Whether we are prepared to admit it or not, most of us have 'celebrity pastors,' or at least men to whom we offer a measure of unqualified and uncritical appreciation or even adulation. We go beyond that properly Berean spirit that receives the word with all readiness and searches the Scriptures to find out whether the things being taught are so (Acts 17.11). Our chosen big cheese has only to press the 'publish' button or produce another book and - on the assumption that his (or, indeed, her) unmatched insight and wisdom is once more on display - we immediately begin uncritically to consume the latest offering. In this way, we give a pass to that one upon whom we have bestowed this honour. There is no party or tribe that is immune to this spirit; the elevated individual may be alive or dead; the problem is not restricted to the internet age. Indeed, some of those who shout loudest against celebrity pastors are in danger of fostering the same attitude in their own circles: "Of course we don't follow Celebrity Pastor Jones; we show a proper, measured and appropriate appreciation of Gifted Pastor Smith." Trouble is, it looks, sounds and feels almost if not entirely identical.At the same time, a reasonable antagonism to the mindless adulation given to a man can become a personal animus against the man himself, as if - because others do not show a measured spirit in regard to him - he himself is suspect. Perhaps our problem is that our celebrity is, we feel, not quite sufficiently celebrated by others.
William Gurnall, writing in The Christian in Complete Armour of the need to have our waist girded with the belt of truth, makes this appropriate comment:
Enslave not thy judgment to any person or party. There is a spiritual suretiship which hath undone many in their judgments and principles. Be not bound to, or for the judgment of any. Weigh truth, and tell gold thou mayest, after thy father; but thou must live by thy own faith, not another's. Labour to see truth with thine own eyes. That building stands weak which is held up by a shore, or some neighbour house it leans on, rather than on a foundation of its own. When these go, that will fall to the ground also. Let not authority from man, but evidence from the word, conclude thy judgment; that is but a shore, this is a foundation. Quote the Scripture rather than men for thy judgment. Not, so saith a learned man; but thus saith the holy Scripture. Yet, take heed of bending this direction too far the other way; which is done when we contemn the judgment of such whose piety and learning might command reverence. There is sure a mean to be found betwixt defying men, and deifying them. It is the admiring of persons that forms the traitor to truth, and makes many cry 'Hosanna' to error, and 'Crucify' to truth. Eusebius, out of Josephus, tells us of Herod's--that Herod whom we read of, Acts 12:23, as being eaten up of worms--coming upon the theatre gorgeously clad, and that while he was making an eloquent oration to the people, his silver robe, which he then wore, did, by the reflex of the sunbeams shining on it, so glister, as dazzled the eyes of the spectators; and this, saith he, occasioned some flatterers to cry out, 'The voice of God, and not of man.' And truly the glistering varnish which some men's parts and rhetoric put upon their discourses, does oft so blind the judgments of their admirers, that they are too prone to think all divine they speak, especially if they be such as God hath formerly used as instruments for any good to their souls. O it is hard then, as he said, amare hominem humaniter--to love and esteem man as a man, to reverence him such so, as not to be in danger of loving their errors also. Augustine had been a means to convert Alypius from one error, and he confesseth this was an occasion why he was so easily by him led into another error--no less than Manicheism. Alypius thought he could not pervert him here that had converted him. Call therefore none father on earth; despise none, adore none.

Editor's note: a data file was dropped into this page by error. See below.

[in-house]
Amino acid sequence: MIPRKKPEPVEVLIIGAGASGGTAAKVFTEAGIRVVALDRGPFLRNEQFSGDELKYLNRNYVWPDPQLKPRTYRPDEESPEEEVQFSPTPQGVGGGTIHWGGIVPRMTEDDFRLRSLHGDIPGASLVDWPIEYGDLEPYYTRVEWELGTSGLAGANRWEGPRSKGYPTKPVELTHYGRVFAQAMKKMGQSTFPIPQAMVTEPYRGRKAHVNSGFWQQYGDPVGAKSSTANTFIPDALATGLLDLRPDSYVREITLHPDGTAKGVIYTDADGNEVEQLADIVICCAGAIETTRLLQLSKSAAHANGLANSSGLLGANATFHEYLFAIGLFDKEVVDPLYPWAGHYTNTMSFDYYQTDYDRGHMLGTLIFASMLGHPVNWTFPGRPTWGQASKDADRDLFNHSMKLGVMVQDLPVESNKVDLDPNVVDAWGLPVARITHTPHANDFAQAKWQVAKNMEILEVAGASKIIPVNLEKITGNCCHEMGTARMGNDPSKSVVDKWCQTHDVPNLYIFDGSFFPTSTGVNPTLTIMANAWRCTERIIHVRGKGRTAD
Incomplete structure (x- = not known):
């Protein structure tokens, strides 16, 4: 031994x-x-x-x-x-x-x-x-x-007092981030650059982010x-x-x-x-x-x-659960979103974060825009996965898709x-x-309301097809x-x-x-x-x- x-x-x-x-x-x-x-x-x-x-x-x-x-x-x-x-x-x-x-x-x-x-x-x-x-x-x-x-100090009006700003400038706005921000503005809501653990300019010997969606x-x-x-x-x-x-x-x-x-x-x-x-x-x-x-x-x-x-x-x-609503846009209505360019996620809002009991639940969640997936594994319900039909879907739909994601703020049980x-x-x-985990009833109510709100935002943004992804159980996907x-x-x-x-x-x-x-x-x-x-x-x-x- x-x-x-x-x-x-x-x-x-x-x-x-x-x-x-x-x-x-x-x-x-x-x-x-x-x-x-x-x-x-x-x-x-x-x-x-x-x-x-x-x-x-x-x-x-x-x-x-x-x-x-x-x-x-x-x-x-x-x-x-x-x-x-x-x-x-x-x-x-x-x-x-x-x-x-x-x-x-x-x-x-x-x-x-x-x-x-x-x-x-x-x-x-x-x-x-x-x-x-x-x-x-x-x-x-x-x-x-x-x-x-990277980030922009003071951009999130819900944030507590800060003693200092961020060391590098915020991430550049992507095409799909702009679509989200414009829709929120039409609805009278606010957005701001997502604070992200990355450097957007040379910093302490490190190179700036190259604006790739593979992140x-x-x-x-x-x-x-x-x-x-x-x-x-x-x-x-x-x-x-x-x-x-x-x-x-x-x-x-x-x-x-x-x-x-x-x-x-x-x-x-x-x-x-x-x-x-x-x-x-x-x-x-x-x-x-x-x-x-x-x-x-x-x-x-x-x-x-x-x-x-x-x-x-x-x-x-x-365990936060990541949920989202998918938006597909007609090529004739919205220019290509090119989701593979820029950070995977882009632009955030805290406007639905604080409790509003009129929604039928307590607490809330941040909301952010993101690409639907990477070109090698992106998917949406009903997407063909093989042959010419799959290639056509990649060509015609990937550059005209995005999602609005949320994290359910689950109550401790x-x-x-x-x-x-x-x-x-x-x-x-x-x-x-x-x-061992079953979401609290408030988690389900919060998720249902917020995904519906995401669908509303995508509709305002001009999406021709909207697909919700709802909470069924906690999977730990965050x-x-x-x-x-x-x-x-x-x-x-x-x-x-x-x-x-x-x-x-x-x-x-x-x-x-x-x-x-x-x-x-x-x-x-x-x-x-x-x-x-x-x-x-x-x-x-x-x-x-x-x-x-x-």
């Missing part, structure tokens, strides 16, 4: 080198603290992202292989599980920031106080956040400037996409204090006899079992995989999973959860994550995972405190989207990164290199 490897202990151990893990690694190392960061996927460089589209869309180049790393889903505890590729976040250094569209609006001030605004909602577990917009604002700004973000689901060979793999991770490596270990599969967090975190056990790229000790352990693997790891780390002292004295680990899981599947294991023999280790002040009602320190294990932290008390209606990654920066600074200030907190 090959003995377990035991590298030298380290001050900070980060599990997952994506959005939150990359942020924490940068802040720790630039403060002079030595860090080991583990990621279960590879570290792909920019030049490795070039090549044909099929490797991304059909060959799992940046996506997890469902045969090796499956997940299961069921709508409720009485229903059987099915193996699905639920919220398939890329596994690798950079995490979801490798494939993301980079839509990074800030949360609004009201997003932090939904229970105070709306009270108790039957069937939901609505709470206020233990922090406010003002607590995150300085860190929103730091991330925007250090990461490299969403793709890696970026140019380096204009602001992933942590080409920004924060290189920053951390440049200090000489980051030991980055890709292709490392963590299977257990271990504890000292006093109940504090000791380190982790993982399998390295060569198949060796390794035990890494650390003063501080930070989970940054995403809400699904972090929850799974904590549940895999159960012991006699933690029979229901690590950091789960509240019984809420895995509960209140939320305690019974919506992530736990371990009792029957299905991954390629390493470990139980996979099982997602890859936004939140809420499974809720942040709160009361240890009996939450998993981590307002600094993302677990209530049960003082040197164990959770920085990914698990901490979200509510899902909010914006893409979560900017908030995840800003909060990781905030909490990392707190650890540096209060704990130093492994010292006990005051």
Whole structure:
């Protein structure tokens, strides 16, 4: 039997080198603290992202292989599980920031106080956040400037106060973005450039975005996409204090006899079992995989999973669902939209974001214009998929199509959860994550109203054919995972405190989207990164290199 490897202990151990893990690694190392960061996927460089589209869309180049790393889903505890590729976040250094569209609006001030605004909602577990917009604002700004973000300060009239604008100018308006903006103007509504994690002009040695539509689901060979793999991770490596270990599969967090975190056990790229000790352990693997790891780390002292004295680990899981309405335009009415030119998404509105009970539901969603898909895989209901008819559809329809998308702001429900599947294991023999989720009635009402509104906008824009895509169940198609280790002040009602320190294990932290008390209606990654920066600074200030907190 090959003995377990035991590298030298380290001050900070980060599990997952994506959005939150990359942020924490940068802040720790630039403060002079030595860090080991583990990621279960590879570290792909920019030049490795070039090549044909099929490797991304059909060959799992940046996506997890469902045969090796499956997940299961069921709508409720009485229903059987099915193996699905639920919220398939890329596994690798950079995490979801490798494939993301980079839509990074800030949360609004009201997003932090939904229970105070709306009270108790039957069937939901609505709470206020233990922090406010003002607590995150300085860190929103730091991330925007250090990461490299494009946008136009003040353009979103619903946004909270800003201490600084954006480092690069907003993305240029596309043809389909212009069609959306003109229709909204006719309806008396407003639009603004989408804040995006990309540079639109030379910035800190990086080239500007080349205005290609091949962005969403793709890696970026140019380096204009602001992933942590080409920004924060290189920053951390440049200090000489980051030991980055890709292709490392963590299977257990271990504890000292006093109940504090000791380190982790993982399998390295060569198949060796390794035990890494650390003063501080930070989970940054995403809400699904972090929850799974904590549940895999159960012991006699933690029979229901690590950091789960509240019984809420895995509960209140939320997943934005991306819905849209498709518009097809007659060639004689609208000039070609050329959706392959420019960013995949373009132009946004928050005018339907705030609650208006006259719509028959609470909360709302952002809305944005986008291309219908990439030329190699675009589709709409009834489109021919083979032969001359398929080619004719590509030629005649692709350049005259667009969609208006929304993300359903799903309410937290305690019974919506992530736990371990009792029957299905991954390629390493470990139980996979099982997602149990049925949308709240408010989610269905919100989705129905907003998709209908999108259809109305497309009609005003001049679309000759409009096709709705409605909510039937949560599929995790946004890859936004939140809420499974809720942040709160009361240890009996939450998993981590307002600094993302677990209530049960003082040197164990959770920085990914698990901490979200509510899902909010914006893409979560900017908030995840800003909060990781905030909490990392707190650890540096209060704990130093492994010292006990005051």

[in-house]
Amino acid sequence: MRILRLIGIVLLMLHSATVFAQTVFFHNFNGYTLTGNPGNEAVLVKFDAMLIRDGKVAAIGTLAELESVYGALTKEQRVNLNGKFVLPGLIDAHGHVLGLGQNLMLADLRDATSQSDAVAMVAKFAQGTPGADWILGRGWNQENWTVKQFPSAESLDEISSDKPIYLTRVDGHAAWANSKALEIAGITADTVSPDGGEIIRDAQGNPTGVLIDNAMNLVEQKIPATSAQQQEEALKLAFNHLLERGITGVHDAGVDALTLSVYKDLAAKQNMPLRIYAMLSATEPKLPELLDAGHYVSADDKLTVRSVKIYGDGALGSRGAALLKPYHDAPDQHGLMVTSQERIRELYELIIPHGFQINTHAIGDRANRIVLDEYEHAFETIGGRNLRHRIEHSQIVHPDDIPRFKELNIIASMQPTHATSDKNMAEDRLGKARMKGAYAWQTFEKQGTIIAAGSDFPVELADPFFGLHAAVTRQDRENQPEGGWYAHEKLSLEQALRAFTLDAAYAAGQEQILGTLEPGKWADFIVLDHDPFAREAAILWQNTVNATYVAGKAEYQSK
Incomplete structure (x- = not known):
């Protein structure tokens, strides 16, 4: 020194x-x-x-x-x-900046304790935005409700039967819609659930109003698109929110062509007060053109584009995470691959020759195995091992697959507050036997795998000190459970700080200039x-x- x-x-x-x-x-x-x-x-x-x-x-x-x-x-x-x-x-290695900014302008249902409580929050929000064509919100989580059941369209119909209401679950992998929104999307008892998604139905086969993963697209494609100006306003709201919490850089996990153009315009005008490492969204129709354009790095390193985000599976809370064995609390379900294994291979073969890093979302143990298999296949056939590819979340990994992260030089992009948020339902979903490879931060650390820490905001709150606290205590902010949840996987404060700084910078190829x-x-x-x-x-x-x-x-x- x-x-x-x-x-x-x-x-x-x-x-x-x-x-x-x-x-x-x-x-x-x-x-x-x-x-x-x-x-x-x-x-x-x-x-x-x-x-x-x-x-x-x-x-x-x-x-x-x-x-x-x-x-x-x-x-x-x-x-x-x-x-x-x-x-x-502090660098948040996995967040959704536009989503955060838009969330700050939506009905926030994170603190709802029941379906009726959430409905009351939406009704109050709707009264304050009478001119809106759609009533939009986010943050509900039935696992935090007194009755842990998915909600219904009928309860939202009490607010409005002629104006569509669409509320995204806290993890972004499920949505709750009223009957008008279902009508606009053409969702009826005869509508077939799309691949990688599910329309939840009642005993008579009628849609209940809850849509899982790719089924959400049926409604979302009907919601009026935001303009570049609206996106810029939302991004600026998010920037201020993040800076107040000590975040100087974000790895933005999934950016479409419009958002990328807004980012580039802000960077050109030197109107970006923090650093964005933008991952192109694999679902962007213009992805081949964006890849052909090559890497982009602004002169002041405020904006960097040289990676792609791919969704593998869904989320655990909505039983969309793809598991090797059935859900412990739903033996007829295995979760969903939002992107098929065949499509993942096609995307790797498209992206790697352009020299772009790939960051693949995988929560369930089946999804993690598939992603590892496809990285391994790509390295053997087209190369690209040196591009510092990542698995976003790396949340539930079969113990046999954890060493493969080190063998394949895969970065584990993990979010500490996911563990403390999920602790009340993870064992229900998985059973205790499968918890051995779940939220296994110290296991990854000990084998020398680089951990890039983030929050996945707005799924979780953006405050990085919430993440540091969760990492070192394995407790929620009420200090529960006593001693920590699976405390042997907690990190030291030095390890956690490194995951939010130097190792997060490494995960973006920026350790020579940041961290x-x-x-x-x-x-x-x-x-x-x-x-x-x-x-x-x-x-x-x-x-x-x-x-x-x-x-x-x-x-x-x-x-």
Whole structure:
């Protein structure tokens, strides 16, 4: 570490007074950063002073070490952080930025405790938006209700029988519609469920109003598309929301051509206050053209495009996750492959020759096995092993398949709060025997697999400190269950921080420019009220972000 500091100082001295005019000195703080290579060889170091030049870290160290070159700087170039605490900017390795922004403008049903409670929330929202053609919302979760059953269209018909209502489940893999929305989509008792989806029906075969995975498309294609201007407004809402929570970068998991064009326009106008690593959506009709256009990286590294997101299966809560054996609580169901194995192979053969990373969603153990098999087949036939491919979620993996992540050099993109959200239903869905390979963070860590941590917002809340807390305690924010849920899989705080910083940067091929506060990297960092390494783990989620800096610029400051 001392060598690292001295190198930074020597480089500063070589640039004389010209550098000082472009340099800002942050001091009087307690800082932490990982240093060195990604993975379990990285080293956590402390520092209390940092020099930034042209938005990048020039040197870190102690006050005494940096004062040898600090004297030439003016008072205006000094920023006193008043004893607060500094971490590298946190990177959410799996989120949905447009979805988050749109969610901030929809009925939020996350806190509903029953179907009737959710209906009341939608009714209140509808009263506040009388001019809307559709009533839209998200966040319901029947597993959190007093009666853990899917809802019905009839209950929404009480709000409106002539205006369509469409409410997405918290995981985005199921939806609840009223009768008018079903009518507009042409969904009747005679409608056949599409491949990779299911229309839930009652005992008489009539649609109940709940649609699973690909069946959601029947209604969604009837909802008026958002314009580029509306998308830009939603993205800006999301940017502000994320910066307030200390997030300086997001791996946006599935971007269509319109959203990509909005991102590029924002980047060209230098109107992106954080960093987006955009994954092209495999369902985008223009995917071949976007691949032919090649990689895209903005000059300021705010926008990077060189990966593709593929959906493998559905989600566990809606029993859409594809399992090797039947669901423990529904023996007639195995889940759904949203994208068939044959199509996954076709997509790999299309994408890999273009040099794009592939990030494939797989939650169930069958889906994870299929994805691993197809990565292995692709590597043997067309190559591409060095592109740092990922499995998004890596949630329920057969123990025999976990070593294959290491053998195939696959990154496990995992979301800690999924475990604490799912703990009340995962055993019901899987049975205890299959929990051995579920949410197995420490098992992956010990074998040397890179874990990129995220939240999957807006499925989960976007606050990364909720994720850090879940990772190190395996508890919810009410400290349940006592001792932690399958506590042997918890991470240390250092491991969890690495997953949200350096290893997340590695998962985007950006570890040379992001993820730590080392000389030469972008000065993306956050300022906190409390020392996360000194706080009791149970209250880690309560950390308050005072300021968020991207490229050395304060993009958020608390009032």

Let none of us, then, be so foolish as to imagine that we are immune to this spirit. We should endeavour to rest our judgment always and ultimately on the Scripture, and not solely on the opinion of any man, no matter how gifted he is or how much good he has done us: "despise none; adore none." By all means appreciate those men with evident credibility, but give God's word the place which he has given to it.